it is still in place. you cannot lead the -- leave teh i -- the icu . she is going to stay in the hospital for a little bit longer. we sort out this business, worry about infection. and continue we will make sure that all the other ones are addressed. it has to be the most optimal thing we consider. it is a little early to tell when we will do it. >> you said it moved in.
>> have they been replaced? >> she still has a crane yet to me. portions upper school are not -- skull are not there. >> patty transfer portions of her skull? >> it is not that important it can be manufactured. >> it is taken up steadily and frozen. andaken out sterile ley frozen. >> we measured them for a helmet
to protect their brain. it is exposed. we had when it did for her. the assets to make loan with an arizona flight because that is what she would what -- they asked us to make her one with the arizona flight because that is what she would want. >> we have started that process. she is clearly aware of her surroundings. she is interacting with us and your families. there are many ways we interact with gestures. that is already happening. we also reviewed the ct scans today. there are really minimal injuries from what it could have been.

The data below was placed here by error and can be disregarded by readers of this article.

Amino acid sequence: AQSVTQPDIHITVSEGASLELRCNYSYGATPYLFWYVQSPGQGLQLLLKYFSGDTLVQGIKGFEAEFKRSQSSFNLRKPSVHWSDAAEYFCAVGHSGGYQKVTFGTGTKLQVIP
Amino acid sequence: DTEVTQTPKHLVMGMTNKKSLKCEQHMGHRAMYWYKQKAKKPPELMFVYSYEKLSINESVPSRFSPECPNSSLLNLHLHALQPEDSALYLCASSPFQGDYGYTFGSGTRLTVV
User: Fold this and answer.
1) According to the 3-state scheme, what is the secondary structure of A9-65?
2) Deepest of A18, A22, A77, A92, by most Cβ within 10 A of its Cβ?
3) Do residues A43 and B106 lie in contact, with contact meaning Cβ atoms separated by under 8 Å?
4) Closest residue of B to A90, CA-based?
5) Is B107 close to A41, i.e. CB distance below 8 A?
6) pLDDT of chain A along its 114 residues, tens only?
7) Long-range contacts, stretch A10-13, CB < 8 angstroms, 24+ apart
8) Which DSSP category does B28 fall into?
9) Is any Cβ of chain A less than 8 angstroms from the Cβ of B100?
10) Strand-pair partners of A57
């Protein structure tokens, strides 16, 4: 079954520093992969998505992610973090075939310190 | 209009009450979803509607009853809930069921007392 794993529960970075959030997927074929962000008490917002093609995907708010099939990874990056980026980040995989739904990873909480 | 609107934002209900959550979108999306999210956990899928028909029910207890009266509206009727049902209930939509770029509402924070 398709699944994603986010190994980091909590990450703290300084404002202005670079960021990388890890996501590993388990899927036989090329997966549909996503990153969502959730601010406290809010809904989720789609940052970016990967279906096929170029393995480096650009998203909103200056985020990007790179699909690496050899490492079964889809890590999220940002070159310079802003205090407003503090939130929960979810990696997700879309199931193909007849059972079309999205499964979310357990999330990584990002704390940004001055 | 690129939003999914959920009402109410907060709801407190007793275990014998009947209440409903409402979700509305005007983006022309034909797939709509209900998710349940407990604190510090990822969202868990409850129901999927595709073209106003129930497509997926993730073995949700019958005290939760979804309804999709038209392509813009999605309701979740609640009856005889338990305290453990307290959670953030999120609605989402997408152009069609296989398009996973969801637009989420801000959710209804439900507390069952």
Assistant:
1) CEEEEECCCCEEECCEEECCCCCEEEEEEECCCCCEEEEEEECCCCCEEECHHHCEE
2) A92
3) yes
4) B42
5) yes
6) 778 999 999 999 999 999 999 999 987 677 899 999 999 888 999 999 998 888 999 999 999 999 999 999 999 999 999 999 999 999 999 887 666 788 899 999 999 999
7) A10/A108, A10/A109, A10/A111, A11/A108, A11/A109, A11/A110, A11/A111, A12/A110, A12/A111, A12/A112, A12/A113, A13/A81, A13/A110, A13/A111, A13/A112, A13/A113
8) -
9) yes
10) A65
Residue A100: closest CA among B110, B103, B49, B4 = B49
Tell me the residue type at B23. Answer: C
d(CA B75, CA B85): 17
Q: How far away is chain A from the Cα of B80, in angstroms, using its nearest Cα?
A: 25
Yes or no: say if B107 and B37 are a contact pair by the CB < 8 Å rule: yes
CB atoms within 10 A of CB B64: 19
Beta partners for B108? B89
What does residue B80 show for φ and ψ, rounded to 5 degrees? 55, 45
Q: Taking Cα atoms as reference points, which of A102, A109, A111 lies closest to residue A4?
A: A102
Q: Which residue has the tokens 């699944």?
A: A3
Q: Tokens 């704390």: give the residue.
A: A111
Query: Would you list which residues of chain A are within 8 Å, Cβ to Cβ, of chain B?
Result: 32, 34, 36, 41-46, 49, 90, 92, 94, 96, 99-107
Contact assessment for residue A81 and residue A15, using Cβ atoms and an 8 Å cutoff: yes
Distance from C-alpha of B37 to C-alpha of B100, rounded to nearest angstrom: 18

we think she will do remarkably well over the next few months. >> when she squeezed my hand a thursday, the most encouraging thing i could have seen. when i saw her reaction to the cheering in the street, it confirmed to me that she knows what is stalling -- going on. >> [inaudible] her husband relayed to me that there are times when she is kind of rubbing his shoulder and neck to calm him down. that is a very clear interaction. today we are trying to do parts of the exam, she was pushing us away are directing us to do something different.
there is no question that she is aware of what is happening. this can a very difficult to say. she is clearly moving her lips. i think she may be trying to form words. >> is there anything else? cracks in the i see you, we try to keep people from having problems that we anticipate. icu, we tried to keep people from having problems that we anticipate. everything looks pretty good.
we are ira -- we are happy with our assessment of her right now. they did a great job. >> i'm going to put you to work. there are an ammonia comment exceptions, those of the things that happened to people that have been in the ic for to work for weeks. >> [inaudible] >> it is amazing and emotional to see. she smiled and began to tear a little bit. i think she understood the
her family. what is your name? >> tracy culbert. i'm sorry? we are leaving today to go back to tucson. i know she is generally good hands. we've had a good transition. they are going to keep in touch with us. i have a lot of hope for her. she is going to do great. we yardy said our goodbyes. -- we already said our goodbyes. it is personal. i have a big bond with her.